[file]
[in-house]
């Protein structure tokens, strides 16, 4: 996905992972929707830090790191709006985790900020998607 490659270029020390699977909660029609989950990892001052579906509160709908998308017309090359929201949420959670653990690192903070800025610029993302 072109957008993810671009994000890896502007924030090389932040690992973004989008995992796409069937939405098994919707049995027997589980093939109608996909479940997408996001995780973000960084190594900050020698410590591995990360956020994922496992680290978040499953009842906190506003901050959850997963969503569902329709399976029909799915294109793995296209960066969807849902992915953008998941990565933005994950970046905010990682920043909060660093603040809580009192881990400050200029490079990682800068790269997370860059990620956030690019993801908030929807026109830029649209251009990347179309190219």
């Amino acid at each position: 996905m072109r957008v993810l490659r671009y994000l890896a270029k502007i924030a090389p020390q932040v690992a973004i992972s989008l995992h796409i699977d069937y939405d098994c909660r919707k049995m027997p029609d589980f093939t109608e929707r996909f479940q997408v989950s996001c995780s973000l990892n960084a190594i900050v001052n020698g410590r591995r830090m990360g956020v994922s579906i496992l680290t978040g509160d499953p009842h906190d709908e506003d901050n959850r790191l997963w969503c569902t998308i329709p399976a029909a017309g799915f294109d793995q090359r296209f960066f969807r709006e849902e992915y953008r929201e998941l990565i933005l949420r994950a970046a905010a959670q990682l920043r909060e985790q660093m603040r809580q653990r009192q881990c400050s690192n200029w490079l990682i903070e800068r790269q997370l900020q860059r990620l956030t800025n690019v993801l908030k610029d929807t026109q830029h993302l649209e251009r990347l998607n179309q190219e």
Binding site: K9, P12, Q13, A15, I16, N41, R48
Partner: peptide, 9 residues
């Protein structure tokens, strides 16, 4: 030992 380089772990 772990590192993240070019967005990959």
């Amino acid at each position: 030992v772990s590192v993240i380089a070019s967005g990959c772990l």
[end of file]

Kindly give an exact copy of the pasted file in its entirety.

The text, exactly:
[in-house]
């Protein structure tokens, strides 16, 4: 996905992972929707830090790191709006985790900020998607 490659270029020390699977909660029609989950990892001052579906509160709908998308017309090359929201949420959670653990690192903070800025610029993302 072109957008993810671009994000890896502007924030090389932040690992973004989008995992796409069937939405098994919707049995027997589980093939109608996909479940997408996001995780973000960084190594900050020698410590591995990360956020994922496992680290978040499953009842906190506003901050959850997963969503569902329709399976029909799915294109793995296209960066969807849902992915953008998941990565933005994950970046905010990682920043909060660093603040809580009192881990400050200029490079990682800068790269997370860059990620956030690019993801908030929807026109830029649209251009990347179309190219």
């Amino acid at each position: 996905m072109r957008v993810l490659r671009y994000l890896a270029k502007i924030a090389p020390q932040v690992a973004i992972s989008l995992h796409i699977d069937y939405d098994c909660r919707k049995m027997p029609d589980f093939t109608e929707r996909f479940q997408v989950s996001c995780s973000l990892n960084a190594i900050v001052n020698g410590r591995r830090m990360g956020v994922s579906i496992l680290t978040g509160d499953p009842h906190d709908e506003d901050n959850r790191l997963w969503c569902t998308i329709p399976a029909a017309g799915f294109d793995q090359r296209f960066f969807r709006e849902e992915y953008r929201e998941l990565i933005l949420r994950a970046a905010a959670q990682l920043r909060e985790q660093m603040r809580q653990r009192q881990c400050s690192n200029w490079l990682i903070e800068r790269q997370l900020q860059r990620l956030t800025n690019v993801l908030k610029d929807t026109q830029h993302l649209e251009r990347l998607n179309q190219e």
Binding site: K9, P12, Q13, A15, I16, N41, R48
Partner: peptide, 9 residues
């Protein structure tokens, strides 16, 4: 030992 380089772990 772990590192993240070019967005990959």
């Amino acid at each position: 030992v772990s590192v993240i380089a070019s967005g990959c772990l």